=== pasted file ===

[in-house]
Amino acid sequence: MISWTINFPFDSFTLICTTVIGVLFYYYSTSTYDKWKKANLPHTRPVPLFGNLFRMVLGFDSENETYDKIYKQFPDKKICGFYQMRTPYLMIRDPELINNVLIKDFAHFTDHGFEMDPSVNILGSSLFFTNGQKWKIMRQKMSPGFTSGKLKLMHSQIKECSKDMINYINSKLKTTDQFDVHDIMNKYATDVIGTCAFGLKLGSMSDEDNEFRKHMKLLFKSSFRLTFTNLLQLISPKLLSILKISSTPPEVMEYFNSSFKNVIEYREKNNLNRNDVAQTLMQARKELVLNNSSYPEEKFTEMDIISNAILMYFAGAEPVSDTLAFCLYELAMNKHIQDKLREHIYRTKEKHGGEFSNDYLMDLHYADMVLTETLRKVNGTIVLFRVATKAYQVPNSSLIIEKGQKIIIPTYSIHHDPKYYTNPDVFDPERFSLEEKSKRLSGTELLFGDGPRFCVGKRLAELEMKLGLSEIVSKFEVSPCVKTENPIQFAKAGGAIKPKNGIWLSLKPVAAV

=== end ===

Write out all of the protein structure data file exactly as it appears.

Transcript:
[in-house]
Amino acid sequence: MISWTINFPFDSFTLICTTVIGVLFYYYSTSTYDKWKKANLPHTRPVPLFGNLFRMVLGFDSENETYDKIYKQFPDKKICGFYQMRTPYLMIRDPELINNVLIKDFAHFTDHGFEMDPSVNILGSSLFFTNGQKWKIMRQKMSPGFTSGKLKLMHSQIKECSKDMINYINSKLKTTDQFDVHDIMNKYATDVIGTCAFGLKLGSMSDEDNEFRKHMKLLFKSSFRLTFTNLLQLISPKLLSILKISSTPPEVMEYFNSSFKNVIEYREKNNLNRNDVAQTLMQARKELVLNNSSYPEEKFTEMDIISNAILMYFAGAEPVSDTLAFCLYELAMNKHIQDKLREHIYRTKEKHGGEFSNDYLMDLHYADMVLTETLRKVNGTIVLFRVATKAYQVPNSSLIIEKGQKIIIPTYSIHHDPKYYTNPDVFDPERFSLEEKSKRLSGTELLFGDGPRFCVGKRLAELEMKLGLSEIVSKFEVSPCVKTENPIQFAKAGGAIKPKNGIWLSLKPVAAV